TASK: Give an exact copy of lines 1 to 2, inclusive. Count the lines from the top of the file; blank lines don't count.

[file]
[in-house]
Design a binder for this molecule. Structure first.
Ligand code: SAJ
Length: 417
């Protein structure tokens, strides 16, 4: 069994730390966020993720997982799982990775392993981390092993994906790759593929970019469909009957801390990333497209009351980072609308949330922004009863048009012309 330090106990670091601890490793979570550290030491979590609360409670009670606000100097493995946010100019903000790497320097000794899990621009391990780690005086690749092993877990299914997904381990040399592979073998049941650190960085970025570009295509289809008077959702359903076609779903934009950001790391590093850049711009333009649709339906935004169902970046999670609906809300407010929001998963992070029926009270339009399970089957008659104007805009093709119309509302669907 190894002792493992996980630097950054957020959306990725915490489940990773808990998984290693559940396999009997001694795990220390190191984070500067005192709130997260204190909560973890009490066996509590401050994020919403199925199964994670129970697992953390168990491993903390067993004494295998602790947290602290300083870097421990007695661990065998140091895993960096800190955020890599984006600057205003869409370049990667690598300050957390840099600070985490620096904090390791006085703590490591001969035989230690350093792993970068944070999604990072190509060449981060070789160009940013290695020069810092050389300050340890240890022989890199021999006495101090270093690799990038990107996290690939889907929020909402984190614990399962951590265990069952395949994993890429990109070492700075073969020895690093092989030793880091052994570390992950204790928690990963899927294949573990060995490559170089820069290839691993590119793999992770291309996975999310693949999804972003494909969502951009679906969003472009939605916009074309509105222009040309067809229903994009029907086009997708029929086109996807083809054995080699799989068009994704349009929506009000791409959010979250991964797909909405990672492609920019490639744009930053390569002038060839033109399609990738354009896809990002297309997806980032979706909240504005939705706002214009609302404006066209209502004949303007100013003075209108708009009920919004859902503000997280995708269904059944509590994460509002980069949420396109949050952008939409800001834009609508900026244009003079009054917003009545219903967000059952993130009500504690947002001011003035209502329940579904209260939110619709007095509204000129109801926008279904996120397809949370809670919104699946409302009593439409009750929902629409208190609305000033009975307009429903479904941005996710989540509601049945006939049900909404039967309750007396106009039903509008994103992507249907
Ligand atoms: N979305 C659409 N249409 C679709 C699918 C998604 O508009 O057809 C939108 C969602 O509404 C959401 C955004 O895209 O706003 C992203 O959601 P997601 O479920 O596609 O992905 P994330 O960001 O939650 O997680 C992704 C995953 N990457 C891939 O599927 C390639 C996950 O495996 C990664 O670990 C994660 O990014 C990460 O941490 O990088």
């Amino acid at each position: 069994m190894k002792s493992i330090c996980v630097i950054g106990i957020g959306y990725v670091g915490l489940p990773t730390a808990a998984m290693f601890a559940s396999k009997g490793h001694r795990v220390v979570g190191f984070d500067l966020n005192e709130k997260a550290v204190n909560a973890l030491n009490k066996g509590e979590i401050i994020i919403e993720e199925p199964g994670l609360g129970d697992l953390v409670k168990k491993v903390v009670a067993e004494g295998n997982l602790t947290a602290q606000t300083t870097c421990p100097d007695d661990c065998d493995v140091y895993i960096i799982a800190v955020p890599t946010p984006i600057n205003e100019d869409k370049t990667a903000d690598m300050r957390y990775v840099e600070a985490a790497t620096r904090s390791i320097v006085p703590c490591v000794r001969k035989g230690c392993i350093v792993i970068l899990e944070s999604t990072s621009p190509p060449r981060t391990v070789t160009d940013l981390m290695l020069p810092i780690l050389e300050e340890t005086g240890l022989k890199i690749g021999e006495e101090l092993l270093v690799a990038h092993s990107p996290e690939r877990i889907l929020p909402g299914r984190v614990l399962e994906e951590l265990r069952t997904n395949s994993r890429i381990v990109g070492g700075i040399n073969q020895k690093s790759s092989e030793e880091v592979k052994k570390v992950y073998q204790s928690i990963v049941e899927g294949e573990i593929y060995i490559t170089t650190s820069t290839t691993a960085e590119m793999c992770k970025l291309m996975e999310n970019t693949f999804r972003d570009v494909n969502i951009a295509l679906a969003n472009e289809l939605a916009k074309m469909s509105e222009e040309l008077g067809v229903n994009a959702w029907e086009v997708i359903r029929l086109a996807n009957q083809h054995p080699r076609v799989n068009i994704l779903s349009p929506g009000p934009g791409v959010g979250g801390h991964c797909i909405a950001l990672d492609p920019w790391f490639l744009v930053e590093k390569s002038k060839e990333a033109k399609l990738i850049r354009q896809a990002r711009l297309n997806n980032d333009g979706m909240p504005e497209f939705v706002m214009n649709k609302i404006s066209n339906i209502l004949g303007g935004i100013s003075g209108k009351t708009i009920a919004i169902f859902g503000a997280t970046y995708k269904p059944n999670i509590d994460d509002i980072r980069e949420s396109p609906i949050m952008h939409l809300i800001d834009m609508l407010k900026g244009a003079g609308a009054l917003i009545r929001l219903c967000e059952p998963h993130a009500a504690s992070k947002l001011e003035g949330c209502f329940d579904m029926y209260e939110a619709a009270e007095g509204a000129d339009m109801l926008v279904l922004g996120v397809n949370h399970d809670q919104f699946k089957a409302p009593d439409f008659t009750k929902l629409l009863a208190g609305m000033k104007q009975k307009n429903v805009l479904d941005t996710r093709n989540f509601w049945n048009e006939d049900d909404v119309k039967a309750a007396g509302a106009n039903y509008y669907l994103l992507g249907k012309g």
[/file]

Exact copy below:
[in-house]
Design a binder for this molecule. Structure first.